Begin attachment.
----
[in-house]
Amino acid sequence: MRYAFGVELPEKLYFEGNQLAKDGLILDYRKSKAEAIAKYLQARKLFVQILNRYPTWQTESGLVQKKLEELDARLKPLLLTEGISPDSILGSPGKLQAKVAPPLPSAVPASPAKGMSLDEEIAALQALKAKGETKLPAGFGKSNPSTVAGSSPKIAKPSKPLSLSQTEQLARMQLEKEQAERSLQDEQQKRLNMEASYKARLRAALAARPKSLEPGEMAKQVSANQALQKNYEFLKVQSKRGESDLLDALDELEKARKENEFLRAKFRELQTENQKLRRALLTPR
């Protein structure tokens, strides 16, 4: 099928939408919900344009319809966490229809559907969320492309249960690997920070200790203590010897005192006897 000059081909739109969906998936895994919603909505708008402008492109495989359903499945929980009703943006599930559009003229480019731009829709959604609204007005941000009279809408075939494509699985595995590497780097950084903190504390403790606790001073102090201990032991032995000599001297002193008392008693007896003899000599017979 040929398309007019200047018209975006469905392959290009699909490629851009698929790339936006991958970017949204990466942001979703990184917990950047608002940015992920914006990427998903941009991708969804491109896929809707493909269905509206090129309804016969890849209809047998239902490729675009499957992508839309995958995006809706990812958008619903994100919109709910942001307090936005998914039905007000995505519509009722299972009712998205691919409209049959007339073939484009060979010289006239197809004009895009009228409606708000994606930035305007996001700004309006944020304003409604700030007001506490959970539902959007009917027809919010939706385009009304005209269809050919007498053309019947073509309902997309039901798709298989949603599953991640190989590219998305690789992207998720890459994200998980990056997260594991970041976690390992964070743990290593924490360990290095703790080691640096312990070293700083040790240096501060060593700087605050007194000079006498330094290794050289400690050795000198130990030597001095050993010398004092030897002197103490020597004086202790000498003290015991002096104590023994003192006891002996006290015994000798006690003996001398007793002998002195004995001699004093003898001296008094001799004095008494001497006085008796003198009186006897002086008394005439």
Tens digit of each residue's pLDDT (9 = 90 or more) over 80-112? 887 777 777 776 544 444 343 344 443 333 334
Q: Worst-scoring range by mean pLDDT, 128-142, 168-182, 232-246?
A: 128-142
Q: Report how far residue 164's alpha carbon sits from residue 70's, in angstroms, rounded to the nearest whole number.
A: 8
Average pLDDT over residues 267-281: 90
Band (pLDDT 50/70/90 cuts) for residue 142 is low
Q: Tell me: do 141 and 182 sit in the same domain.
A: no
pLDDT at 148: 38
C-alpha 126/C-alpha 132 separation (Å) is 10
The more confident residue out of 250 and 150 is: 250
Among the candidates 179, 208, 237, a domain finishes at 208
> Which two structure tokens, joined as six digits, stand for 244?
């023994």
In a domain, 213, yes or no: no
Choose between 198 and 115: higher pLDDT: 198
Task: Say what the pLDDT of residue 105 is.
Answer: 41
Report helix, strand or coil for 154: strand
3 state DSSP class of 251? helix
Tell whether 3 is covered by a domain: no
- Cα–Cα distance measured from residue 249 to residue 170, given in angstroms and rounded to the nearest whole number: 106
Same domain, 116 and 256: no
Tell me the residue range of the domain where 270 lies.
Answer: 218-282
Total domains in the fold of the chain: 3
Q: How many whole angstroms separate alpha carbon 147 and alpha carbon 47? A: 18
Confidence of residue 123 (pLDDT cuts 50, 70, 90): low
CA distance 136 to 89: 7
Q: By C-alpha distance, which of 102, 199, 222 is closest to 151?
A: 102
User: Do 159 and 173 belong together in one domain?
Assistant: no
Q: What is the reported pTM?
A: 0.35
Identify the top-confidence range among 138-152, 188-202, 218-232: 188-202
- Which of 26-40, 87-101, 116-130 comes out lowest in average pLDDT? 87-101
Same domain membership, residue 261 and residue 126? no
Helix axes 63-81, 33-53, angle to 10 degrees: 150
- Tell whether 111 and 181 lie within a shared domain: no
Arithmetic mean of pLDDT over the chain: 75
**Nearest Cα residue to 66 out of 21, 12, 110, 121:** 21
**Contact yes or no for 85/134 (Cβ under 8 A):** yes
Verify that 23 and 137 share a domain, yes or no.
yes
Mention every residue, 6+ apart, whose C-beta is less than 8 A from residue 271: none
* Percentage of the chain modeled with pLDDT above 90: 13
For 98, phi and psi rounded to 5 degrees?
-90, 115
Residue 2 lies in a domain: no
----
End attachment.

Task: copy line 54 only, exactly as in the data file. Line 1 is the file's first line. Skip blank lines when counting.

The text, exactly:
Residue 2 lies in a domain: no